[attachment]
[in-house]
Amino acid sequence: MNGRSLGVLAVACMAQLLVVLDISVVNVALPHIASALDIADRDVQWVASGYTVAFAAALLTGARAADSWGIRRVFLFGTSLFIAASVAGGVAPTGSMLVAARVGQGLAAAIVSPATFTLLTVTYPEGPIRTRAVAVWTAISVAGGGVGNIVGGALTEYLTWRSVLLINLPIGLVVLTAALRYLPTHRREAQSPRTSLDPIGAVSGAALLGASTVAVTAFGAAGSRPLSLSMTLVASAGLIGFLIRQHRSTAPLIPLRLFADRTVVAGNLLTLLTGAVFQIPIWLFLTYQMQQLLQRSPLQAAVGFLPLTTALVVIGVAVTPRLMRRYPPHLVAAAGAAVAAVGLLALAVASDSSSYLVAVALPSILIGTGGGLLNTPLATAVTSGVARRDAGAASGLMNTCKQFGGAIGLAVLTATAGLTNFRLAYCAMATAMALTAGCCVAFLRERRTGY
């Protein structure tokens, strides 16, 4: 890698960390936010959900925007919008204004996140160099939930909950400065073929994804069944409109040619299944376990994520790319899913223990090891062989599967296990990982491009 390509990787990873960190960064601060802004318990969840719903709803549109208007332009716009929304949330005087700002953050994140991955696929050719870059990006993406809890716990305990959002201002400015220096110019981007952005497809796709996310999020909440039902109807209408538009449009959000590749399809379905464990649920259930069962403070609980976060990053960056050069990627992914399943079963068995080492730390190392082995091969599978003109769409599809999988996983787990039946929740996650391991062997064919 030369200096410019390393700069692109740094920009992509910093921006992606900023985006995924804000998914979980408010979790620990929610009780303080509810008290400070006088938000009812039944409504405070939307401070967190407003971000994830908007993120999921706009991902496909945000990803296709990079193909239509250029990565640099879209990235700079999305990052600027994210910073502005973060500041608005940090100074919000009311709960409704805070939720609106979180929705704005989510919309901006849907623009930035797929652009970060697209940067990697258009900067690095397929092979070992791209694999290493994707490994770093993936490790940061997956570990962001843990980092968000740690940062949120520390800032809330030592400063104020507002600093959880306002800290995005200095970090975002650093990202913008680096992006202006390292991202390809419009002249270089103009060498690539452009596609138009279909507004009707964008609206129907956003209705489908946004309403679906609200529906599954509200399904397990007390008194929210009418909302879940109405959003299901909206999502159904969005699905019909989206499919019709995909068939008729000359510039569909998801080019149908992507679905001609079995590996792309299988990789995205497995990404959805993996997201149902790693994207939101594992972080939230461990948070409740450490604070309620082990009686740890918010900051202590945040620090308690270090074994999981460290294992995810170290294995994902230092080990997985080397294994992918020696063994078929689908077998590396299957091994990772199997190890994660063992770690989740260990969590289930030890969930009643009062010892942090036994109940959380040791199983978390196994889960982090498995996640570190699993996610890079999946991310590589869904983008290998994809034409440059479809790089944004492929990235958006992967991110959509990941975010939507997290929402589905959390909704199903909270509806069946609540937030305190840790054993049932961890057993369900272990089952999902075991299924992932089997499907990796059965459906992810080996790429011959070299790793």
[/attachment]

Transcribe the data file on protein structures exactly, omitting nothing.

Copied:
[in-house]
Amino acid sequence: MNGRSLGVLAVACMAQLLVVLDISVVNVALPHIASALDIADRDVQWVASGYTVAFAAALLTGARAADSWGIRRVFLFGTSLFIAASVAGGVAPTGSMLVAARVGQGLAAAIVSPATFTLLTVTYPEGPIRTRAVAVWTAISVAGGGVGNIVGGALTEYLTWRSVLLINLPIGLVVLTAALRYLPTHRREAQSPRTSLDPIGAVSGAALLGASTVAVTAFGAAGSRPLSLSMTLVASAGLIGFLIRQHRSTAPLIPLRLFADRTVVAGNLLTLLTGAVFQIPIWLFLTYQMQQLLQRSPLQAAVGFLPLTTALVVIGVAVTPRLMRRYPPHLVAAAGAAVAAVGLLALAVASDSSSYLVAVALPSILIGTGGGLLNTPLATAVTSGVARRDAGAASGLMNTCKQFGGAIGLAVLTATAGLTNFRLAYCAMATAMALTAGCCVAFLRERRTGY
């Protein structure tokens, strides 16, 4: 890698960390936010959900925007919008204004996140160099939930909950400065073929994804069944409109040619299944376990994520790319899913223990090891062989599967296990990982491009 390509990787990873960190960064601060802004318990969840719903709803549109208007332009716009929304949330005087700002953050994140991955696929050719870059990006993406809890716990305990959002201002400015220096110019981007952005497809796709996310999020909440039902109807209408538009449009959000590749399809379905464990649920259930069962403070609980976060990053960056050069990627992914399943079963068995080492730390190392082995091969599978003109769409599809999988996983787990039946929740996650391991062997064919 030369200096410019390393700069692109740094920009992509910093921006992606900023985006995924804000998914979980408010979790620990929610009780303080509810008290400070006088938000009812039944409504405070939307401070967190407003971000994830908007993120999921706009991902496909945000990803296709990079193909239509250029990565640099879209990235700079999305990052600027994210910073502005973060500041608005940090100074919000009311709960409704805070939720609106979180929705704005989510919309901006849907623009930035797929652009970060697209940067990697258009900067690095397929092979070992791209694999290493994707490994770093993936490790940061997956570990962001843990980092968000740690940062949120520390800032809330030592400063104020507002600093959880306002800290995005200095970090975002650093990202913008680096992006202006390292991202390809419009002249270089103009060498690539452009596609138009279909507004009707964008609206129907956003209705489908946004309403679906609200529906599954509200399904397990007390008194929210009418909302879940109405959003299901909206999502159904969005699905019909989206499919019709995909068939008729000359510039569909998801080019149908992507679905001609079995590996792309299988990789995205497995990404959805993996997201149902790693994207939101594992972080939230461990948070409740450490604070309620082990009686740890918010900051202590945040620090308690270090074994999981460290294992995810170290294995994902230092080990997985080397294994992918020696063994078929689908077998590396299957091994990772199997190890994660063992770690989740260990969590289930030890969930009643009062010892942090036994109940959380040791199983978390196994889960982090498995996640570190699993996610890079999946991310590589869904983008290998994809034409440059479809790089944004492929990235958006992967991110959509990941975010939507997290929402589905959390909704199903909270509806069946609540937030305190840790054993049932961890057993369900272990089952999902075991299924992932089997499907990796059965459906992810080996790429011959070299790793």